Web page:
Los Angeles bans plastic bags; High tech trash: here today, obsolete tomorrow; REFUSE, REUSE to reduce plastic pollution
L.A. County passes sweeping ban on plastic bags - "You cannot recycle your way out of the plastic bag problem.. The cost of convenience can no longer be at the expense of the environment."
Enacting one of the nation's most aggressive environmental measures, the Los Angeles County Board of Supervisors voted Tuesday to ban plastic grocery bags in unincorporated areas of the county. The vote was 3-1.
The ban, which will cover nearly 1.1 million residents countywide, is to the point: “No store shall provide to any customer a plastic carryout bag.” An exception would be made for plastic bags that are used to hold fruit, vegetables or raw meat in order to prevent contamination with other grocery items. If grocers choose to offer paper bags, they must sell them for 10 cents each, according to the ordinance. The revenue will be retained by the stores to purchase the paper bags and educate customers about the law.
“Plastic bags are a pollutant. They pollute the urban landscape. They are what we call in our county urban tumbleweed,” Supervisor Zev Yaroslavsky said.
Mark Gold, president of the Santa Monica environmental group Heal the Bay, said previous county efforts to promote recycling of plastic bags at grocery stores was a failure. “You cannot recycle your way out of the plastic bag problem,” Gold said. “The cost of convenience can no longer be at the expense of the environment.”
The action by the Board of Supervisors only covers the unincorporated areas of L.A. County, covering some neighborhoods like Altadena, Valencia and Rowland Heights, but doesn't cover 88 cities in L.A. County. City councils could adopt a similar ordinance.
With the Tuesday vote, L.A. County’s measure is more stringent than similar bans adopted elsewhere in California, Gold said.
San Francisco’s ban, which passed three years ago, is less restrictive because it still permits grocers to offer bioplastic bags made from corn starch, which are imperfect because they also do not degrade in the ocean, Gold said. Bans in San Francisco and Malibu also do not add a surcharge on paper bags, Gold said, which does not give consumers an incentive to switch to reusable cloth bags.
Washington, D.C., decided to tackle the issue not with a ban on any kind of bag, but a 5-cent surcharge per any item of disposable bag.
Gold, however, said an outright ban will be more effective on reducing the 6 billion plastic bags that are used in L.A. County every year, which according to the county, account for 25% of the litter picked up here.
Government figures show that just 5% of plastic bags are recycled.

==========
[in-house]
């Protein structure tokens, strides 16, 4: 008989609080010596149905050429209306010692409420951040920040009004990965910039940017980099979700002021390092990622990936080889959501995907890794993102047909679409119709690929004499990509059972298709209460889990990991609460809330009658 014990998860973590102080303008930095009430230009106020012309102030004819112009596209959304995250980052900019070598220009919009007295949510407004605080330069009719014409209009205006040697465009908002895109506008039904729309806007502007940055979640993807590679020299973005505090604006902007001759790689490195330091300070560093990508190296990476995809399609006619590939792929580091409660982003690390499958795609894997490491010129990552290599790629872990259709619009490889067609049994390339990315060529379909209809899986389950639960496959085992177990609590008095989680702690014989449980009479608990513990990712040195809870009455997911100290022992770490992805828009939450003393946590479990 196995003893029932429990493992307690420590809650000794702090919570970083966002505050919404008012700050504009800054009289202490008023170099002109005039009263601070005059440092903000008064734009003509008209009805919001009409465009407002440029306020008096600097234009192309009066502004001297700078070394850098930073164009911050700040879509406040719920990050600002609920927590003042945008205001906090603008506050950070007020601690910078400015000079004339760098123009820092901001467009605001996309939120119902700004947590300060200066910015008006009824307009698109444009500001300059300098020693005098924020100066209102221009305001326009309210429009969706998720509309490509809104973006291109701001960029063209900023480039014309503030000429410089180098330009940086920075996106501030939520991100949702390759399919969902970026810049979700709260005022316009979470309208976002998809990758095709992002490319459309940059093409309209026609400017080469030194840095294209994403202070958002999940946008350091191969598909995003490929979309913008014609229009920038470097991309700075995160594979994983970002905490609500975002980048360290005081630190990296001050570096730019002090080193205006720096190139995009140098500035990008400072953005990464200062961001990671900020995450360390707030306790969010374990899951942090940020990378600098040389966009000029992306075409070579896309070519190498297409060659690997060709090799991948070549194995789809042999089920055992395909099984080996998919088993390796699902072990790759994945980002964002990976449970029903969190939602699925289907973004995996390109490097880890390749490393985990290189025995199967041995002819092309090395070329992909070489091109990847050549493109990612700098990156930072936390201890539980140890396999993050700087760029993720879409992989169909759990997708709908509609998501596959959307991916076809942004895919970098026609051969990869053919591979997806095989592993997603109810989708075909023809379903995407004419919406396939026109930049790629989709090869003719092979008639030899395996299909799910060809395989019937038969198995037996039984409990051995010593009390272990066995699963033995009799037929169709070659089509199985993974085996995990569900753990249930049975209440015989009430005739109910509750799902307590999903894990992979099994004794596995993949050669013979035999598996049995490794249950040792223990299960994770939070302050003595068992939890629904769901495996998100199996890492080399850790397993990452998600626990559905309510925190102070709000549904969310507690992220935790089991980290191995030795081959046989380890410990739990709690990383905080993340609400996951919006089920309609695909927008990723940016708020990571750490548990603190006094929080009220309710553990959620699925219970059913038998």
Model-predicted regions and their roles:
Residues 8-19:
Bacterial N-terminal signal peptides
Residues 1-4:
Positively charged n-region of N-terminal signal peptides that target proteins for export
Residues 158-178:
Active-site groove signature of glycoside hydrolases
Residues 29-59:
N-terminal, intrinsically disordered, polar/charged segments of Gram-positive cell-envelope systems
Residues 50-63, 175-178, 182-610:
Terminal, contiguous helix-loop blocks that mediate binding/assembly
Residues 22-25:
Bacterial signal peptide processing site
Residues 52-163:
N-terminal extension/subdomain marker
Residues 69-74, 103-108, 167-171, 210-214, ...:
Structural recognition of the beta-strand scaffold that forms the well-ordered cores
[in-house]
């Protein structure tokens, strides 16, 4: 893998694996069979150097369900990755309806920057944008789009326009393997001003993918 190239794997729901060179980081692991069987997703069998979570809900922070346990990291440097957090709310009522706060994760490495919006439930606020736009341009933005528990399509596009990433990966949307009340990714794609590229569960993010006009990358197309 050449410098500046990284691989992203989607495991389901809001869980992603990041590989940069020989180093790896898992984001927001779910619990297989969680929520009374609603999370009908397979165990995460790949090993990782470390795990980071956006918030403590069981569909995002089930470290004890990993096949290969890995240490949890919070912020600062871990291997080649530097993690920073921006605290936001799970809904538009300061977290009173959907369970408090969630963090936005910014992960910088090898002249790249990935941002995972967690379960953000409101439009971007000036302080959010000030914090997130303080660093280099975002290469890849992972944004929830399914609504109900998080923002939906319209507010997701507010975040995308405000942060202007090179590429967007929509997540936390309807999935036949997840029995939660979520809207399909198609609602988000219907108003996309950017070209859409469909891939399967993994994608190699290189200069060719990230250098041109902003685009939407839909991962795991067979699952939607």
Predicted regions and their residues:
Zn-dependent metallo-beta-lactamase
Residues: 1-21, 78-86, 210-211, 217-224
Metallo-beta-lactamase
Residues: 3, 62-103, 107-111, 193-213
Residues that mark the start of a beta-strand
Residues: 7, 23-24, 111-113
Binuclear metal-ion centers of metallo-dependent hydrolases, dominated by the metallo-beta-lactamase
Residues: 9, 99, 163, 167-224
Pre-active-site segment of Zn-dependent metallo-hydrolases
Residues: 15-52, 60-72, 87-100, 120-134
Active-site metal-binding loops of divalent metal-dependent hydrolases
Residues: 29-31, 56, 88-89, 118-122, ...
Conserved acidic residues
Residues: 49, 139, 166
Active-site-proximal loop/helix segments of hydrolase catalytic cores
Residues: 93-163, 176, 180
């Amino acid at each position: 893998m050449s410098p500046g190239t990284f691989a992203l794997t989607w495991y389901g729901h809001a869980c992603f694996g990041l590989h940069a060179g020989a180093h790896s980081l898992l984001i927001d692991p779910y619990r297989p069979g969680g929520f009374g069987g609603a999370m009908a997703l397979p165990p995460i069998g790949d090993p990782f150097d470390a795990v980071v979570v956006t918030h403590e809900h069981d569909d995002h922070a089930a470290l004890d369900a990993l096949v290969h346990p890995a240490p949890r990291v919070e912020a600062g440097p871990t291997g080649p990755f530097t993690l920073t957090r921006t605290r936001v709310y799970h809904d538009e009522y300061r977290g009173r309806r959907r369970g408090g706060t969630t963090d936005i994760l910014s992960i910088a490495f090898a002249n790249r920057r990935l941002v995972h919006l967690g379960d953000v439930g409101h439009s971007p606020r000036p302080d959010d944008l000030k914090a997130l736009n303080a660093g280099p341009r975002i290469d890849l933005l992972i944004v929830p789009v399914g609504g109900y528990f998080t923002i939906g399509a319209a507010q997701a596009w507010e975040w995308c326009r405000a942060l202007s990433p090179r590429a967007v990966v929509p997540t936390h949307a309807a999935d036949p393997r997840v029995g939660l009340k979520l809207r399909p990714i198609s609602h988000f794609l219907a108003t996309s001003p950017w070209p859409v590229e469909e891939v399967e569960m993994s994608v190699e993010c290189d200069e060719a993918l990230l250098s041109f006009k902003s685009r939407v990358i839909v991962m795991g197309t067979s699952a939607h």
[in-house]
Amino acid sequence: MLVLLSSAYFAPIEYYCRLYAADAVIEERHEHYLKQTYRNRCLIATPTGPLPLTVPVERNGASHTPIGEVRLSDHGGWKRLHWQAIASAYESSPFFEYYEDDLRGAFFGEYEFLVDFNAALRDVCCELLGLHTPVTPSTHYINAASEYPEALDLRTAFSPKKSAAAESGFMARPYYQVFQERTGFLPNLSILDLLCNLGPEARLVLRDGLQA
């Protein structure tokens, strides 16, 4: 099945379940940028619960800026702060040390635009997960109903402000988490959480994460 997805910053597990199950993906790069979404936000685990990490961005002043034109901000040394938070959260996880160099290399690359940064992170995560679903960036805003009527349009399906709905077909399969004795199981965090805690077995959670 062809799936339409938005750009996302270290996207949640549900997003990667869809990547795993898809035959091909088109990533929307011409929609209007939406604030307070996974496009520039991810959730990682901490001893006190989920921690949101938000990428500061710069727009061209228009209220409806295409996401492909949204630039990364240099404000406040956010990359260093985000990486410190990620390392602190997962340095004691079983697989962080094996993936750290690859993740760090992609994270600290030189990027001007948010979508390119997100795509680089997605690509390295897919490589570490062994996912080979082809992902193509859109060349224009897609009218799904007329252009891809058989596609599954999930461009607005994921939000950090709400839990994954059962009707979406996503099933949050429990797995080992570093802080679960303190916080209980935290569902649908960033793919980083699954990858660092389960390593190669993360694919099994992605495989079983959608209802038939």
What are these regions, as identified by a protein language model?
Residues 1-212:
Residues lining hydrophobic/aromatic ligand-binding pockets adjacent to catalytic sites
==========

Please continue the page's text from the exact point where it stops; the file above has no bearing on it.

Here Today, Obsolete Tomorrow
All too often, the hottest devices and coolest gadgets of the moment are dusty in the marketplace before the ink is dry on the receipt. And the pace of replacement is getting faster every year. Indeed, there are so many game-changers in the world of technology that the death knell is sounding on many a device that we use every day.
Recycling is necessary, but it’s not the answer to the plastic pollution problem! REFUSE, Reduce, Reuse, Recycle
As long as we are addicted to single-use disposable products and packaging, we will need recycling systems, just like we need garbage hauling for the waste that can’t be recycled or composted. But where does our plastic “recycling” go after it’s hauled away? Usually, to China, where whole communities are sickened by the toxic emissions from this supposedly green solution.
Recycling is the LAST of the 4 R’s: REFUSE, Reduce, Reuse, Recycle. It’s a last resort when we’ve done the best we can to get disposable plastics out of our lives.
Recycling is necessary. But it’s not the final solution.
Photos courtesy of Gary Friedman / Los Angeles Times, Getty Images, and Reuters
- Our planet would be less burdened if everyone can use 10 fewer bags per month, reuse 10 plastic beverage bottles
- Ban-Plastic-Bag Club. 2003: South Africa; 2006-07: Kenya, Tanzania, Zanzibar, Rwanda; 2011: Italy, and many cities globally
- More plastic than fish by 2050: worldwide plastic use increased 20x in 50 yrs, 8 million tons dumped into oceans every minute
- Skip the plastic, save a fish. Texas-sized ocean garbage vortex found in Pacific, plastic sea trash doesn't biodegrade
- Convenience does harm: plastic into food, toothpaste… what else? From gigantic plastic garbage patch to micro plastic beads
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